New Orleans West Elementary school in Houston took time out to bring Mardi Gras to the children. The students and staff are all Katrina evacuees. Houston Public Radio’s Capella Tucker reports the books were put aside for a couple of hours in favor of King Cake, beads and floats.
Colorful floats, including one with a picture of the school’s principal, roll through the school’s hallway out to the parking lot where the Mardi Gras parade is being held. Parents are catching beads and small stuffed alligators thrown by the students. New Orleans resident Angela Paige is pleased her five year old daughter is getting a taste of Mardi Gras, even if it’s not exactly as it would have been in New Orleans.
“Every year we never missed a year from generation to generation all our families from all over came down for mardi gras. If we never seen each other for another holiday, mardi gras was the holiday.”
But it won’t be the case this year, only three family members are in Houston. Paige says a school of evacuees has made a difference for her daughter.
“Knowing you were around somebody who attended a school from New Orleans made you feel more comfortable because you know you could easily relate to what happened and what was going on. So yeah it was great, a great experience.”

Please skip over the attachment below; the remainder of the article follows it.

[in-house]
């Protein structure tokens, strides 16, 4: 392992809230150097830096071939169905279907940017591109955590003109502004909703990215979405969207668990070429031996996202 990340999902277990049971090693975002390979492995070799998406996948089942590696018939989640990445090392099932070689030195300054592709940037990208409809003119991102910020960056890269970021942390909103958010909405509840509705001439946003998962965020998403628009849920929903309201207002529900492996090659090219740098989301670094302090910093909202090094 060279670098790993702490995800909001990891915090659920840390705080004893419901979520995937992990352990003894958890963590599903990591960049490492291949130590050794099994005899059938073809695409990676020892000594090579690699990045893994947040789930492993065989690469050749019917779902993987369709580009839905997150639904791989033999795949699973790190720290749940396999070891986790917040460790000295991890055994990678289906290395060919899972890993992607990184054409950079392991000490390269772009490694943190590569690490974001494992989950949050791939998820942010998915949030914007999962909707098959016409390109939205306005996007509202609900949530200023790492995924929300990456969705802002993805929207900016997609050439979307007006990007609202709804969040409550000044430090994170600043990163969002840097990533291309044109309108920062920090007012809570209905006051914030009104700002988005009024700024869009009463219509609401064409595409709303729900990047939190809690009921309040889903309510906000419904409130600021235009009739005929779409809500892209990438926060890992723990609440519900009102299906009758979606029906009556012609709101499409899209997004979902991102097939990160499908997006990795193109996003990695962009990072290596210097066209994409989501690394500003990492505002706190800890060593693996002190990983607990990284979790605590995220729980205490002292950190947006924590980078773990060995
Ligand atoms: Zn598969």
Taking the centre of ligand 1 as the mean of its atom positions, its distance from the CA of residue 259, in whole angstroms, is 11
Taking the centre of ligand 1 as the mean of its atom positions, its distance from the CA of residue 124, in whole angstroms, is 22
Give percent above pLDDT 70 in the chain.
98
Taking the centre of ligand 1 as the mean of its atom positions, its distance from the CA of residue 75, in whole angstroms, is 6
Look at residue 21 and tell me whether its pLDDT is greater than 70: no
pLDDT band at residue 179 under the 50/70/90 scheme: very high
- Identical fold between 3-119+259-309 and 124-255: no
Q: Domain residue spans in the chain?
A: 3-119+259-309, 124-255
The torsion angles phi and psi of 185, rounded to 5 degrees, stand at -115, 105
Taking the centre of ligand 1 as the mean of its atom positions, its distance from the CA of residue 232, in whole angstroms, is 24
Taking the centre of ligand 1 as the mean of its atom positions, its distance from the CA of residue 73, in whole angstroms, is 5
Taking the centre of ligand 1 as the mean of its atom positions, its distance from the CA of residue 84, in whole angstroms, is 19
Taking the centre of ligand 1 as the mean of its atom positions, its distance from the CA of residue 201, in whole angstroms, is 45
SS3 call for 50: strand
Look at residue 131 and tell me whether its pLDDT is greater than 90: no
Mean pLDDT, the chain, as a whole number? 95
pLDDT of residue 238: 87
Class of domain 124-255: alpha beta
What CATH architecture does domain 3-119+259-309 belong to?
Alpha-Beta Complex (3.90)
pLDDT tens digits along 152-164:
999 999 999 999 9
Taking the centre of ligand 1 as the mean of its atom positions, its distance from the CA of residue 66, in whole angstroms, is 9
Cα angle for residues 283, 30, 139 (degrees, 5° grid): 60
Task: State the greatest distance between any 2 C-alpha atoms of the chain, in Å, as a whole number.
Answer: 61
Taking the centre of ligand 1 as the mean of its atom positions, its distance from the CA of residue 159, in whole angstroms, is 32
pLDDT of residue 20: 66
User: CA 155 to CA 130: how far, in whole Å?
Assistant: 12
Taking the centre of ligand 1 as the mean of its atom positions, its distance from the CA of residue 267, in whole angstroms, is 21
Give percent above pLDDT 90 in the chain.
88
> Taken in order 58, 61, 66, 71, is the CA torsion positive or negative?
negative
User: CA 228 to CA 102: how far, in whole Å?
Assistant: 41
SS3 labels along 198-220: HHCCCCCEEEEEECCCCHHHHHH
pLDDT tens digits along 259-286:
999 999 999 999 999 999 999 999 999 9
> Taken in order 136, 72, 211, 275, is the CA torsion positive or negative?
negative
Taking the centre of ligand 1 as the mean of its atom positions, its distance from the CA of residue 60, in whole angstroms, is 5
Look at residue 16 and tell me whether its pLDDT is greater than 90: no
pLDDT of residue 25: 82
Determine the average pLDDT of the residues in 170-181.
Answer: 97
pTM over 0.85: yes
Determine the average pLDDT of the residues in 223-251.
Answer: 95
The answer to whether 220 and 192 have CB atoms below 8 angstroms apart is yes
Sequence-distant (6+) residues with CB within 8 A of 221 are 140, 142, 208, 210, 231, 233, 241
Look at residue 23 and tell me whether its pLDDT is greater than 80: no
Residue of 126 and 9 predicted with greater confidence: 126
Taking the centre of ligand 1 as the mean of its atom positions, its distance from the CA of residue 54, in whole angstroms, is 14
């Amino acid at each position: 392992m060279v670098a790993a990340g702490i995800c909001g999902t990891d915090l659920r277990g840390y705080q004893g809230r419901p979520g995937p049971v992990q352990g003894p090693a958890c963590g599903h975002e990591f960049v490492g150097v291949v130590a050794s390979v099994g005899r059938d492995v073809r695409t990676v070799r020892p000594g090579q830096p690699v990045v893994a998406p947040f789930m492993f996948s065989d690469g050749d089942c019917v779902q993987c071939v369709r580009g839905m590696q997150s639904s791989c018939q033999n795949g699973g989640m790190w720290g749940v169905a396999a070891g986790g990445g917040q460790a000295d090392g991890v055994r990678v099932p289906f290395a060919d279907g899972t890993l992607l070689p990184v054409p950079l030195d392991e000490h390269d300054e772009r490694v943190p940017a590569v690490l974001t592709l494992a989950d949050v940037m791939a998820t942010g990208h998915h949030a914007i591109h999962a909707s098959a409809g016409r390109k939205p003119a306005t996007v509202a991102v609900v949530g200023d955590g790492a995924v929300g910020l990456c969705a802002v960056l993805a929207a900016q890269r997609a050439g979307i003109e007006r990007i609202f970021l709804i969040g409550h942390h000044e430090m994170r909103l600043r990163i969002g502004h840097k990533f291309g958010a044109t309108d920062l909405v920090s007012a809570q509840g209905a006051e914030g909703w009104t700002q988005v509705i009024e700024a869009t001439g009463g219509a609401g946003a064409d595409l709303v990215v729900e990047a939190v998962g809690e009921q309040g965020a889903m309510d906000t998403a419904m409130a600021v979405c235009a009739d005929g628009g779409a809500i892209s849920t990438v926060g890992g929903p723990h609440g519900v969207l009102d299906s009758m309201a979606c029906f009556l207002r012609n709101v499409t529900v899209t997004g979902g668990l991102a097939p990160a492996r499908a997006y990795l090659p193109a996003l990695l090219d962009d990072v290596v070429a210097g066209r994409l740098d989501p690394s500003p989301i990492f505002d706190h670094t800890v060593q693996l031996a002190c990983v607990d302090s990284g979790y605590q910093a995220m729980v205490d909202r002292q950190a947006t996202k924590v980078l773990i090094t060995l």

Renne Sanchell does plan to return to New Orleans, but she doesn’t want to interrupt her son’s education. The school’s Mardi Gras event is replacing a family tradition.
“We would actually have a big family get together under the Clayborn bridge we would watch the parade.”
The Sanchell family is spread out from Atlanta to Seattle. Orleans Parish Sheriff Marlin Gusman happened to be in town and came by the school.
“It seems as though Harris County and the city of Houston have really opened up their arms and embraced the New Orleans residents that are here. It seems that they are well prepared and well equipped.”
Principal Gary Robichaux can identify with the students. He and the teachers are all from New Orleans.
“I mean we want to keep the spirit of New Orleans here and we want the kids to remember the city that we all came from.”
Robichaux says the school opened with 500 students. Enrollment is down to just under 350. Families have either movied back to New Orleans or moved to other parts of the country to be with family. Robichaux says they expect to see another drop in enrollment following Mardi Gras. Capella Tucker, Houston Public Radio News.